Celebrate Water at the Water Harvest Festival & Water Bills Pay for Groundwater Protection and the Water System - September 2019

Celebrate Water at the Water Harvest Festival

Planning is under way for the second annual Water Harvest Festival that will be held on October 20th from 11-3pm at Anna Jean Cummings Park, also known as Blue Ball Park in Soquel. This will be a fun family oriented festival to celebrate our local water resources. Companies and environmental organizations will come together to share their knowledge and resources with engaging activity tents and interactive displays about water.

There will be arts and crafts, educational activities, acoustic music, and food trucks. Last year Soquel Creek Water District did bubble printing, the Resource Conservation District hosted a fish printing activity and County Parks made little paper watersheds. The Museum of Discovery ran a water use relay race, Save Our Shores had kids spray rain on the toy watershed model, and the Mid-County Groundwater Agency ran the groundwater flow model. There was also information about trout fishing, animals in our water sheds, water wise landscaping, water purification, rain harvesting, and greywater.

The festival is being coordinated by Soquel Creek Water District in partnership with Santa Cruz County Parks, Resource Conservation District of Santa Cruz County and Save Our Shores.

If you would like to be an event sponsor or host a booth at the upcoming Water Harvest Festival, check out soquelcreekwater.org/waterharvestfestival for details.

 

Water Bills Pay for Groundwater Protection and the Water System

Water districts across the nation, and especially in California, are struggling with increased costs to operate and maintain aging water systems. Portions of the District’s water system are over fifty years old and require more maintenance and repair than before. The District has made significant investments in the water distribution system to ensure water reliability, and more work is required. State and Federal drinking water standards are constantly evolving and expanding, and the District needs resources to continue to meet these standards and ensure the delivery of safe, high-quality water.

The District provides water to the community through more than 15,800 service connections and relies solely on revenue generated from water bills to maintain and operate the water supply system. When customers use less water, the District’s costs don’t decrease because costs to maintain the water system are driven by the number of service connections, not by how much water is used (other than paying for electricity and pumping costs).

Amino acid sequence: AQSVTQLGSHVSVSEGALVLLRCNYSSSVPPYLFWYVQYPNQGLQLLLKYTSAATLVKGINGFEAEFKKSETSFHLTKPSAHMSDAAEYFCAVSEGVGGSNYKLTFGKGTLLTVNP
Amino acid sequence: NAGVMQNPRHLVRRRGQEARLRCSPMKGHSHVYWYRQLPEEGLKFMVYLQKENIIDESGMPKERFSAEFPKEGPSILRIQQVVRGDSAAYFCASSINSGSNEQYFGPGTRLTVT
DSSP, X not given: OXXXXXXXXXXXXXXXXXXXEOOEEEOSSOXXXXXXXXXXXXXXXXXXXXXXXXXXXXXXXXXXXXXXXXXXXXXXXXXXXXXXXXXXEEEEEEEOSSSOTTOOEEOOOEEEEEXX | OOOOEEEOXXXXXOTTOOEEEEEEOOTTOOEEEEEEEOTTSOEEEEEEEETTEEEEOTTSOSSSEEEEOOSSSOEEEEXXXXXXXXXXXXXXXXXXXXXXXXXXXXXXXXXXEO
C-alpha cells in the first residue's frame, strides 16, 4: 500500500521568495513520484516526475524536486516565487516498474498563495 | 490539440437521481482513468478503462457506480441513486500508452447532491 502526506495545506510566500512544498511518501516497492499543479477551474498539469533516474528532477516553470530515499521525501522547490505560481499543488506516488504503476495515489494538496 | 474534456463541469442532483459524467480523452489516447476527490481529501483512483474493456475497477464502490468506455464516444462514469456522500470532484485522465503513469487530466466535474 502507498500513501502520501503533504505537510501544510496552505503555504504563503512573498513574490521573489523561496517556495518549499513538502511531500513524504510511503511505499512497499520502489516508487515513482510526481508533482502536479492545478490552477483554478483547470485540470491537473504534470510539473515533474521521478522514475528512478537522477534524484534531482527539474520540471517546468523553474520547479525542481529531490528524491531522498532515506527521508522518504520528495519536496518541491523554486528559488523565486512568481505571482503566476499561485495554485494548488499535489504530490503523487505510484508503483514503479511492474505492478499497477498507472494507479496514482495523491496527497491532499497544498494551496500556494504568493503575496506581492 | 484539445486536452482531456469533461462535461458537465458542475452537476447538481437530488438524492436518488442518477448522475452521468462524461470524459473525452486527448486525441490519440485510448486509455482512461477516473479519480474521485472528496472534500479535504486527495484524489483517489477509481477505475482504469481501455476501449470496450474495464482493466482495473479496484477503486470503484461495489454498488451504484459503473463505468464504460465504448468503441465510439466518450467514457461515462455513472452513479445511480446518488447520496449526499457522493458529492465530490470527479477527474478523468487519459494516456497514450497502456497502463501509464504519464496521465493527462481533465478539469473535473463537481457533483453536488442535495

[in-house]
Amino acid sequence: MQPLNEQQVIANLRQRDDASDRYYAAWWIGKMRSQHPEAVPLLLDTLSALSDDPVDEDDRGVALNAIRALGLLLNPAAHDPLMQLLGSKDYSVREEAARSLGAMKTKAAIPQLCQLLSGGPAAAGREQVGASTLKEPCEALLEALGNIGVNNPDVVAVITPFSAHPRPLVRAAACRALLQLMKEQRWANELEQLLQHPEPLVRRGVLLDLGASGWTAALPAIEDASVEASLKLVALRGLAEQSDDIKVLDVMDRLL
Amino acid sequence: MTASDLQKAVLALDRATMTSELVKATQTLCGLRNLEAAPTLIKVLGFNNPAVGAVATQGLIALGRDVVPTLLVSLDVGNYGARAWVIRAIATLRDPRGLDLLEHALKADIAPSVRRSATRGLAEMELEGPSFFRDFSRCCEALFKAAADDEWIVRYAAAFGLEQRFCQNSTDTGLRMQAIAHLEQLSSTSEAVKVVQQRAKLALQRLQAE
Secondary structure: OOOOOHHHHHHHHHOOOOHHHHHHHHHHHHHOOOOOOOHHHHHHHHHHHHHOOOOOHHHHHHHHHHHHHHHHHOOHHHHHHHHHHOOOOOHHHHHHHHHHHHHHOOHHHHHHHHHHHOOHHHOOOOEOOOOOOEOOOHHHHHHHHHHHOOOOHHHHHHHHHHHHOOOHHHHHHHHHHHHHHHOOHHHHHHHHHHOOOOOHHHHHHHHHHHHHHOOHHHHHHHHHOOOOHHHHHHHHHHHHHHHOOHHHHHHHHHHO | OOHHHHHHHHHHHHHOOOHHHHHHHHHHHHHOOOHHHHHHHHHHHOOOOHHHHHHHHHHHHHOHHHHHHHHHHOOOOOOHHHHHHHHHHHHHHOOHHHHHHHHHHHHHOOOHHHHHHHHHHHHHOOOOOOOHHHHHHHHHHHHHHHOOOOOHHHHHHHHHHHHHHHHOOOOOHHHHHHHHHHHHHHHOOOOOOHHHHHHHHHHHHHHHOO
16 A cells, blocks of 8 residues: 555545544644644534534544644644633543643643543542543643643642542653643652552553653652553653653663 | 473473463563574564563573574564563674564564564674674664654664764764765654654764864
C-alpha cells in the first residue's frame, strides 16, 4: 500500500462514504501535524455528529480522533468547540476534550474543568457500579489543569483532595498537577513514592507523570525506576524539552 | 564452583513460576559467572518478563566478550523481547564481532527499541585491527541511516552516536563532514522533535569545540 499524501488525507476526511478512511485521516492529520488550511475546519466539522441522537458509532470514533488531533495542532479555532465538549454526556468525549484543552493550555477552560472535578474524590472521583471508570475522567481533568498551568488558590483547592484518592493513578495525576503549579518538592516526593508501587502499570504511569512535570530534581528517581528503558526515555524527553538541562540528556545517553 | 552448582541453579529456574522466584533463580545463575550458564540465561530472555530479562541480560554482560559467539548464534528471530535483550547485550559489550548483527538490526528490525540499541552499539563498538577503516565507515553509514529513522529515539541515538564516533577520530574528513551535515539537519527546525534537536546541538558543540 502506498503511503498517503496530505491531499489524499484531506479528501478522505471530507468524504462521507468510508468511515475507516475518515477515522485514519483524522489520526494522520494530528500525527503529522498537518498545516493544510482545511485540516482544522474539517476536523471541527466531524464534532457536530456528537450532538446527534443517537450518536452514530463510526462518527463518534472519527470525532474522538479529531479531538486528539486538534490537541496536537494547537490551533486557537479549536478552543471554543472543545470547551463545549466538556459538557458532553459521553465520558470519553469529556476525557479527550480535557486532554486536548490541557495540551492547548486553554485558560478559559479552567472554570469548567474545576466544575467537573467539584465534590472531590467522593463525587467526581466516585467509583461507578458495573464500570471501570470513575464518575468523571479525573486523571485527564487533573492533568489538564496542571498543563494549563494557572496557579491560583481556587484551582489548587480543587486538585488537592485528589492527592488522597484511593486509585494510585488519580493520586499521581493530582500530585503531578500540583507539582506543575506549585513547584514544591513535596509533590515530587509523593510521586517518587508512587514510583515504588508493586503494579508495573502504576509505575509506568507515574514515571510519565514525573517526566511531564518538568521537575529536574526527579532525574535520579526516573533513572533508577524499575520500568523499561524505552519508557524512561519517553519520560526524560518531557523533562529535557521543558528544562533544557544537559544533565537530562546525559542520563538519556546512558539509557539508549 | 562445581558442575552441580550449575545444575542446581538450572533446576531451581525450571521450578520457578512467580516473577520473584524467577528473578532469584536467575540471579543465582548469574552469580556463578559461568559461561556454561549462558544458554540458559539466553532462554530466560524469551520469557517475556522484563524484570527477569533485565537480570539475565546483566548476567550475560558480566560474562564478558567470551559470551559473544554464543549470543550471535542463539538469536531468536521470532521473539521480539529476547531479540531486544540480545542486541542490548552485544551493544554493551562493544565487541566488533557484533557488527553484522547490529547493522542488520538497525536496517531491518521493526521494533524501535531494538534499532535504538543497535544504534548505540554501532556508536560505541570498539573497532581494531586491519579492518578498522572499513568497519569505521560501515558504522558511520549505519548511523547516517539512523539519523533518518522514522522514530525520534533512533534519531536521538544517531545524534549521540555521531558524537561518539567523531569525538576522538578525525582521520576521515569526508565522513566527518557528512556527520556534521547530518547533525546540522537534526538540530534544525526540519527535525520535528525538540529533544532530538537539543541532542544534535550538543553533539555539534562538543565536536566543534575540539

New Rate structure started in March

In May 2017, a Water Rates Advisory Committee, comprised of 10 District customers, two members of the Board of Directors, and relevant staff was formed to assist with the evaluation of different rate structures. A rate consultant was also hired to provide the technical evaluation. The intent was to determine whether a rate structure existed, or could be developed, that could meet the following objectives better than the District’s existing tiered rate structure: Promote fairness and equity between customer classes; reduce revenue volatility and promote financial sustainability; encourage conservation and efficient use of water; and comply with all applicable laws. After extensive evaluation and input, the proposed rate structure was adopted at the March 5, 2019 Board meeting and consists of a simpler two-tiered structure relative to the four-tiered structure that was in place. Tier 1 represents the amount of water the District can safely supply to each household using the existing groundwater supply. Tier 2 represents water use that is above sustainable levels and requires the development of additional sources of water supply.  

What the rates pay for

The new rates support the daily operations necessary to provide our customers with safe, reliable, high-quality water 24 hours a day, 7 days a week. The rates also support infrastructure projects designed to ensure water system reliability—such as main replacements, tank recoats, well maintenance, pumps, as well as additional supplies of water necessary to protect the vulnerable groundwater basin from further seawater contamination.

If you have questions regarding your rates contact the District’s billing department at (831) 475-8500 option 3 or visit www.soquelcreekwater.org/current-rates-and-fees

As always, if you have any questions about this month’s topic or anything else related to Soquel Creek Water District, feel free to contact the District at outreach@soquelcreekwater.org  or visit www.soquelcreekwater.org.

 

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